Exclude pattern from the REPL history

Is there any way to prevent some inputs that match a specific pattern from being stored in the REPL history?

I don’t know of any easy way to do this, why do you want to do this? You can either switch off history entirely or increase the number of saved history items. I also made a package that will allow you to search for specific patterns in the history, but they still get saved, the link to it is GitHub - GHTaarn/History.jl: History functionality in the Julia REPL similar to what bash provides


Not sure how useful this is, but:

  • there are a number of packages for working with the REPL history (though not exactly what you want), they might help or their code might be useful. See REPLHistory, History and even OhMyREPL.

  • Julia’s REPL history is just a text file which you can directly access. It’s usually at ~/.julia/logs/repl_history.jl but can be found with REPL.find_hist_file().

  • the REPL’s least remembered modes are forward and reverse history search (^S and ^R respectively).

Hope something there is useful.

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Thank you @GHTaarn @screw_dog

An Emacs program I wrote sends a specific pattern of Julia code to the REPL. Because they are not reusable at all, I want to exclude them from the history to avoid clutter.

I think a functionality to exclude pattern from history may be useful in some cases in general. For example in bash, there’s HISTIGNORE environment variable for this purpose.


If you use history from past Julia sessions, then you could try to increase the number of history items that Julia saves and create a startup script that filters the history file through grep -v before Julia is started. I am not familiar enough with REPL internals to know how to do exactly what you are looking for.

Not op, but I frequently have situations where eg I’m adding an API key or something to the environment, and I’d rather it not be stored in plain text in my REPL history.

I usually try to remember to set the environment variable before starting the repl or delete manually with sed, but it would be nice to have a way to exclude it from the beginning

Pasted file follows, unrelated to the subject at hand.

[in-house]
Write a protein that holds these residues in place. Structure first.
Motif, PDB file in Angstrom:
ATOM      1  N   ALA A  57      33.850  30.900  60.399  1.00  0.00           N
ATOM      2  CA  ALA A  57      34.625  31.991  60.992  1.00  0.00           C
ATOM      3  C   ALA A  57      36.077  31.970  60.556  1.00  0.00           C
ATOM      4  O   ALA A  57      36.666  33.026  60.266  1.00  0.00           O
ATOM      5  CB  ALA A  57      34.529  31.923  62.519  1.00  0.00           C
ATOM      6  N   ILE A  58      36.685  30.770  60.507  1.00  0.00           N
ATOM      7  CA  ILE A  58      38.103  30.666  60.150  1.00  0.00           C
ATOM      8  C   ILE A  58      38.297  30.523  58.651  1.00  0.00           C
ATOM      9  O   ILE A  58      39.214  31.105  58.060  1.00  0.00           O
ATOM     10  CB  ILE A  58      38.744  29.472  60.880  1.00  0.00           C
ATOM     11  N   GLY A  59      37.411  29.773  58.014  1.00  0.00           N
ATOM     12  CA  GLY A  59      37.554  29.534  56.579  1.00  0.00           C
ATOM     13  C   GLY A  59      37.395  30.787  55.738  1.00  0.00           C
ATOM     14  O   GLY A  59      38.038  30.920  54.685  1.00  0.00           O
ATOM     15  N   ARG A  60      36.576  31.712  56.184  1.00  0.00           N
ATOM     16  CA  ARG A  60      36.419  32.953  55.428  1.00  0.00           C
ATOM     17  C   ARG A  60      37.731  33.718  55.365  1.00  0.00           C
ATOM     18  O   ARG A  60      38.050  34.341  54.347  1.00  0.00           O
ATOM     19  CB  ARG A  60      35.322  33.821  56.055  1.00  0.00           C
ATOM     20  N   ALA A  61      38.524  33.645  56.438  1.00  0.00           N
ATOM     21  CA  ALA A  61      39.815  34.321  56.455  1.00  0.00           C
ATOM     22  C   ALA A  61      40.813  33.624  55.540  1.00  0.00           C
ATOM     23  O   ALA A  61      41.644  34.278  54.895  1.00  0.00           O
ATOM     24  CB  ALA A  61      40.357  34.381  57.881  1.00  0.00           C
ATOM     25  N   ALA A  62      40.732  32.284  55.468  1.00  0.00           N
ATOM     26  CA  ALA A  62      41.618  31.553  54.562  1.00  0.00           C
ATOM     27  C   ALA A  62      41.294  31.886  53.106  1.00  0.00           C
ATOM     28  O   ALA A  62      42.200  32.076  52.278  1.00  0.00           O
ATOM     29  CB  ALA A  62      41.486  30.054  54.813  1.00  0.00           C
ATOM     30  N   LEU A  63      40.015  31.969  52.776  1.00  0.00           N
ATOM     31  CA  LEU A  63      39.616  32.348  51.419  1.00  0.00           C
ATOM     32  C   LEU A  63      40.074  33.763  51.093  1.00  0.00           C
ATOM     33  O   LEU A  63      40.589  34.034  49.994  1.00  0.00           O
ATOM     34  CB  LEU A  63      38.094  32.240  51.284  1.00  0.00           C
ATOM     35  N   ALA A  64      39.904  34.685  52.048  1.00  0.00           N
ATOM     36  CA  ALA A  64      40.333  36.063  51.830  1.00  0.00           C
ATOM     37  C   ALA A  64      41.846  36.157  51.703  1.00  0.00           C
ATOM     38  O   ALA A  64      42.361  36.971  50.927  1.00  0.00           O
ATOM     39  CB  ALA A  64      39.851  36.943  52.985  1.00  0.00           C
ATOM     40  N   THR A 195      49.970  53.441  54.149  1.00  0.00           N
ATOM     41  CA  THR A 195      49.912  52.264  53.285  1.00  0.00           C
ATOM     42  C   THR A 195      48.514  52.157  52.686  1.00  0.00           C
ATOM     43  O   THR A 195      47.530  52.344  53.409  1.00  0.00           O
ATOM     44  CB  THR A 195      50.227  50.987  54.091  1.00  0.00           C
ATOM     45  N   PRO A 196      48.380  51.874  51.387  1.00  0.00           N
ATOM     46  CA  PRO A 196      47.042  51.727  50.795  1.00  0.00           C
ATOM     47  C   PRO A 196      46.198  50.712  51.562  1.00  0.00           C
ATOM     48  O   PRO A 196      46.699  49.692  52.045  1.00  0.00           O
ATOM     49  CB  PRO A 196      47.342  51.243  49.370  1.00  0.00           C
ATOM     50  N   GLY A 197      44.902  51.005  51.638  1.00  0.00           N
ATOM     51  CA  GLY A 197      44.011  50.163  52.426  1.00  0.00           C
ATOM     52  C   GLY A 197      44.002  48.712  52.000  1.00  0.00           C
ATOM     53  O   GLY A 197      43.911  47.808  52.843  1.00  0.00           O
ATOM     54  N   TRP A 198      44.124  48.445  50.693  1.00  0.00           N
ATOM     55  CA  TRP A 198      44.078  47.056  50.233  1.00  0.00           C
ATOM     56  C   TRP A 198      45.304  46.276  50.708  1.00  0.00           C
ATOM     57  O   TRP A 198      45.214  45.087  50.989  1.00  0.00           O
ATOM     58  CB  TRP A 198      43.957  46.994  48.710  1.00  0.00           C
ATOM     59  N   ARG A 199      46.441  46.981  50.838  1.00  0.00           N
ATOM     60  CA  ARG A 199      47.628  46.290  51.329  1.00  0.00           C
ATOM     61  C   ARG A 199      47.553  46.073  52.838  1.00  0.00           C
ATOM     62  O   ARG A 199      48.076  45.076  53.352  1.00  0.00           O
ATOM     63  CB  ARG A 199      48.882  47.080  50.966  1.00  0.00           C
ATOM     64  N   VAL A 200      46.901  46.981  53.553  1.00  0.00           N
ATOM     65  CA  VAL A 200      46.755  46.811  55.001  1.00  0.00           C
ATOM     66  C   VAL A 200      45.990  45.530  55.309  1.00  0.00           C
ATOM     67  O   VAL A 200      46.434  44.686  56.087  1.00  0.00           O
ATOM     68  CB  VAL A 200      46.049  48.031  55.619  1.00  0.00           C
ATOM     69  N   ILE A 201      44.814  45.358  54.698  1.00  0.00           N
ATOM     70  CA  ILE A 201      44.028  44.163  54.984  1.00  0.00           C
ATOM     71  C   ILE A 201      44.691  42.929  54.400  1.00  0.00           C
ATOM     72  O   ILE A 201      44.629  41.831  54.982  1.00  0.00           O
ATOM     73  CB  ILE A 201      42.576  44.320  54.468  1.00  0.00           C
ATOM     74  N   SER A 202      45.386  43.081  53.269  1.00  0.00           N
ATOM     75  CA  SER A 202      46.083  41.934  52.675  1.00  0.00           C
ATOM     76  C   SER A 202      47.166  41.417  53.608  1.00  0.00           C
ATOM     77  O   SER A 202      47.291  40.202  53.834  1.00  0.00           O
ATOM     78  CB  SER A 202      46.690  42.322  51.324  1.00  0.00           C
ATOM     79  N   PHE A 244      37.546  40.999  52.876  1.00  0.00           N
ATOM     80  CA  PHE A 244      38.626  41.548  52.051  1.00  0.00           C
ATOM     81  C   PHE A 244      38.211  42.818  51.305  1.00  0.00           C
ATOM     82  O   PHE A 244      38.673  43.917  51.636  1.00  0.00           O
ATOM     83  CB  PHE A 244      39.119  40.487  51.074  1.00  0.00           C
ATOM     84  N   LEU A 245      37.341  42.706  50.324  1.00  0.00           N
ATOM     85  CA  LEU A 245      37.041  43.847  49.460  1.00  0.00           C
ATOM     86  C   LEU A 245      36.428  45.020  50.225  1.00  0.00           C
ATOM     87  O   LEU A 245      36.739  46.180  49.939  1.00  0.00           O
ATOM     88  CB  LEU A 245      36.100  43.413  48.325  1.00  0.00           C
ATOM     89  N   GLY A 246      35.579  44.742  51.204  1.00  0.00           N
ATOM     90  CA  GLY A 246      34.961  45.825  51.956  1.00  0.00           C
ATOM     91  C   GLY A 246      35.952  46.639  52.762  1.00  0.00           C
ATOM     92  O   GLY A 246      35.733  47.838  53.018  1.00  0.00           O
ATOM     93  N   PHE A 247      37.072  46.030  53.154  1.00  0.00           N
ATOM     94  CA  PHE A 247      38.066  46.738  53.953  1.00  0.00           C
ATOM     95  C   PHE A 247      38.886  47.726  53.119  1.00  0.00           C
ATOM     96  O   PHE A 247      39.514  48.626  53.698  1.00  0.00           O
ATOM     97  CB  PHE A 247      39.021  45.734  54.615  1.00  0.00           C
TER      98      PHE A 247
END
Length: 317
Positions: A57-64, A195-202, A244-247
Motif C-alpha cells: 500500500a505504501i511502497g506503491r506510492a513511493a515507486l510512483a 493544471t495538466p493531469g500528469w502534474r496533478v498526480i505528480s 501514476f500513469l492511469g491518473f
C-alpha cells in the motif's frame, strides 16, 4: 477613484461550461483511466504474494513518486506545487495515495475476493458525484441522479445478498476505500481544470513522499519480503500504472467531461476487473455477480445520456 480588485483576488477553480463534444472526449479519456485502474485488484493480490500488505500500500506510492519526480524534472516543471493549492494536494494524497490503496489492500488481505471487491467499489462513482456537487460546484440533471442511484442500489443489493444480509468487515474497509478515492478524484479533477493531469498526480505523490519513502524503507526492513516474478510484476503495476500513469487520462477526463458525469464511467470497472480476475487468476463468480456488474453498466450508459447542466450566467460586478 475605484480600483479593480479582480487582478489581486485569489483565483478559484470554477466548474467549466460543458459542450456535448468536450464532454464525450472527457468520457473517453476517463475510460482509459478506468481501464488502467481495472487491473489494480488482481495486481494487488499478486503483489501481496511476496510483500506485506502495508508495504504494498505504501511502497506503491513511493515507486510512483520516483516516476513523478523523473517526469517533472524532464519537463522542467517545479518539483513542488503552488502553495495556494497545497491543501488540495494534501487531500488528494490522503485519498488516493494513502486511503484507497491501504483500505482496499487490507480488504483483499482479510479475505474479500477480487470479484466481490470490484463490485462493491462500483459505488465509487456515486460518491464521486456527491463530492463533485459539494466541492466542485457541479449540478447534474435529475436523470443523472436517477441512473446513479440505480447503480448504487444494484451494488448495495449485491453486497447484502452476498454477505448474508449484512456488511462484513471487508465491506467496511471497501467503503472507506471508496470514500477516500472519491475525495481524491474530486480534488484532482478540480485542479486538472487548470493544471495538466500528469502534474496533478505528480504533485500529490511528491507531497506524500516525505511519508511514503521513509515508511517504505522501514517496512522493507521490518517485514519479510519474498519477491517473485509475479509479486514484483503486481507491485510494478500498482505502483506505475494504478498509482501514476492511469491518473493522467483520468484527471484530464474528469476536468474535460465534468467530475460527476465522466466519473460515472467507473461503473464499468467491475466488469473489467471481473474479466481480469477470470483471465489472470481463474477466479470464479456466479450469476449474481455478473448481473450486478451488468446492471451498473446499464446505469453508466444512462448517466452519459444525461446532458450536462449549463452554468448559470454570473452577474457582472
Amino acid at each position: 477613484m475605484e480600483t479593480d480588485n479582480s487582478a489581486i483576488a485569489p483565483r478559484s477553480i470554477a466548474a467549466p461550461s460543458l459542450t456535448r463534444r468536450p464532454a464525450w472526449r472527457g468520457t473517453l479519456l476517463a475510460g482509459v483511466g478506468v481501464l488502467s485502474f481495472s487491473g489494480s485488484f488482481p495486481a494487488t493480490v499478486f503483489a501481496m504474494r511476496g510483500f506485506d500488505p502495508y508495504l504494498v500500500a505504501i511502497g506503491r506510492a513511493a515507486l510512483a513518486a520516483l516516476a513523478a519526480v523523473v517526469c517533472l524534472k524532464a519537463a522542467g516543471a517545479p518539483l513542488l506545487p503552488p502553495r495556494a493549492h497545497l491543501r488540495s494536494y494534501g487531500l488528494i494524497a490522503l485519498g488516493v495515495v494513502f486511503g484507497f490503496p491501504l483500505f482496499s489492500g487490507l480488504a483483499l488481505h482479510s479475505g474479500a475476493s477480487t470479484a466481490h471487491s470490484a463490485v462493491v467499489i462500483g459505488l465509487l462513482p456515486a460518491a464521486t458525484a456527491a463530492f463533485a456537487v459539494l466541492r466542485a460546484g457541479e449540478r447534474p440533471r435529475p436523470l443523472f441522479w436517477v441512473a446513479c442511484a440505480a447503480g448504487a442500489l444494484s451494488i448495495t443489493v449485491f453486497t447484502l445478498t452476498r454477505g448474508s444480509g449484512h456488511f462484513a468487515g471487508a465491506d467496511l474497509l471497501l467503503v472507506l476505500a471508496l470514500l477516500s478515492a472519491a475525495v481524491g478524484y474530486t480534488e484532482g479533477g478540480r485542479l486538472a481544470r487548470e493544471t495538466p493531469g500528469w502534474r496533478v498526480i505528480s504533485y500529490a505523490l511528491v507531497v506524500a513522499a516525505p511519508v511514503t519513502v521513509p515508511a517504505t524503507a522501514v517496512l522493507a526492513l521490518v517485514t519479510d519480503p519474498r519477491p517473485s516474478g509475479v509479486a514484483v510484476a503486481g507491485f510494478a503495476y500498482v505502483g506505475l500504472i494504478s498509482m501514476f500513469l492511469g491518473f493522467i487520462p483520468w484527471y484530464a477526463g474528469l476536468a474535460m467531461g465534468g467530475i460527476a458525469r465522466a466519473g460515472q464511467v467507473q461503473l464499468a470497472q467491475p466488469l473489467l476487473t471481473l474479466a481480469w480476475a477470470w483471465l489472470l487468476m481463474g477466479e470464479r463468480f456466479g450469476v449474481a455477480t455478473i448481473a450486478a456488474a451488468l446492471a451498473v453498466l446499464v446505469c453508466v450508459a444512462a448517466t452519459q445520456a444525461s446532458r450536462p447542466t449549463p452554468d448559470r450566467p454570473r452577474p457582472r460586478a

one trick for that is to use e.g.

ENV["PASSWORD"] = Base.shred!(s -> read(s, String), Base.getpass("Password"))

Then you can paste the key into the prompt instead of the REPL. (Idk if there’s actually a security advantage of Base.getpass over Base.prompt in this case, since it’s going to an env variable anyway, but I guess it doesn’t hurt).


I found that I can exclude a specific pattern from history by adding the following to my startup.jl. This redefines REPL.add_history. The most part is just a copy of original REPL.add_history function definition from REPL.jl and I just added a line to check a pattern to skip. I know a monkey patching like this is something to be avoided in general. This works but I appreciate a better solution.

atreplinit() do repl
    @eval begin
        import REPL: add_history, REPLHistoryProvider, PromptState, LineEdit, mode_idx

        function add_history(hist::REPLHistoryProvider, s::PromptState)
            str = rstrip(String(take!(copy(s.input_buffer))))

            occursin(r"#PATTERN_TO_EXCLUDE", str) && return

            isempty(strip(str)) && return
            mode = mode_idx(hist, LineEdit.mode(s))
            !isempty(hist.history) &&
                isequal(mode, hist.modes[end]) && str == hist.history[end] && return
            push!(hist.modes, mode)